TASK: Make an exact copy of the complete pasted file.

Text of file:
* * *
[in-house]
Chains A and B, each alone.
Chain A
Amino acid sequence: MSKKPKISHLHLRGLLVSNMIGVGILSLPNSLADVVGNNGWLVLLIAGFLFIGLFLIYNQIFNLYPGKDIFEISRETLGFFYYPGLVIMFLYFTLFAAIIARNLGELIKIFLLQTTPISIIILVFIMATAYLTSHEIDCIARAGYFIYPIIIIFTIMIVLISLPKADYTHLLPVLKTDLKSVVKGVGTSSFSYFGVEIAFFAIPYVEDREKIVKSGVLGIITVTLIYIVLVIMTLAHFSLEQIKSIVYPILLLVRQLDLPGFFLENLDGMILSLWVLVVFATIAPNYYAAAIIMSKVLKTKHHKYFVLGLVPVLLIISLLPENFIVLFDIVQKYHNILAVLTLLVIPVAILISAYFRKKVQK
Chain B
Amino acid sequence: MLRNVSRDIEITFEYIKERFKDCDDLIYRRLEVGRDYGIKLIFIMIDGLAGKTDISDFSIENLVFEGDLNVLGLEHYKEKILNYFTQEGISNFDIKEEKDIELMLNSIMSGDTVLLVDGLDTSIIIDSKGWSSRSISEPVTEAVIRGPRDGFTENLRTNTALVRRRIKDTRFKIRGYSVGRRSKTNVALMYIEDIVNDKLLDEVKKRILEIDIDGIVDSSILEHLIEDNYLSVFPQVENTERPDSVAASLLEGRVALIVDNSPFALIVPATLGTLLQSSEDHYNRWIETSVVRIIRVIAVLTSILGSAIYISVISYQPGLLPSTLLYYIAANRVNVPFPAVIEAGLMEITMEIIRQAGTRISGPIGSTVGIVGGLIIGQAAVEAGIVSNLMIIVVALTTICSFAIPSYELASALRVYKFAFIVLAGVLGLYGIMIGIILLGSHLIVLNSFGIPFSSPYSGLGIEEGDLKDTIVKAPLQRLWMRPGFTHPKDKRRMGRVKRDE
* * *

[in-house]
Chains A and B, each alone.
Chain A
Amino acid sequence: MSKKPKISHLHLRGLLVSNMIGVGILSLPNSLADVVGNNGWLVLLIAGFLFIGLFLIYNQIFNLYPGKDIFEISRETLGFFYYPGLVIMFLYFTLFAAIIARNLGELIKIFLLQTTPISIIILVFIMATAYLTSHEIDCIARAGYFIYPIIIIFTIMIVLISLPKADYTHLLPVLKTDLKSVVKGVGTSSFSYFGVEIAFFAIPYVEDREKIVKSGVLGIITVTLIYIVLVIMTLAHFSLEQIKSIVYPILLLVRQLDLPGFFLENLDGMILSLWVLVVFATIAPNYYAAAIIMSKVLKTKHHKYFVLGLVPVLLIISLLPENFIVLFDIVQKYHNILAVLTLLVIPVAILISAYFRKKVQK
Chain B
Amino acid sequence: MLRNVSRDIEITFEYIKERFKDCDDLIYRRLEVGRDYGIKLIFIMIDGLAGKTDISDFSIENLVFEGDLNVLGLEHYKEKILNYFTQEGISNFDIKEEKDIELMLNSIMSGDTVLLVDGLDTSIIIDSKGWSSRSISEPVTEAVIRGPRDGFTENLRTNTALVRRRIKDTRFKIRGYSVGRRSKTNVALMYIEDIVNDKLLDEVKKRILEIDIDGIVDSSILEHLIEDNYLSVFPQVENTERPDSVAASLLEGRVALIVDNSPFALIVPATLGTLLQSSEDHYNRWIETSVVRIIRVIAVLTSILGSAIYISVISYQPGLLPSTLLYYIAANRVNVPFPAVIEAGLMEITMEIIRQAGTRISGPIGSTVGIVGGLIIGQAAVEAGIVSNLMIIVVALTTICSFAIPSYELASALRVYKFAFIVLAGVLGLYGIMIGIILLGSHLIVLNSFGIPFSSPYSGLGIEEGDLKDTIVKAPLQRLWMRPGFTHPKDKRRMGRVKRDE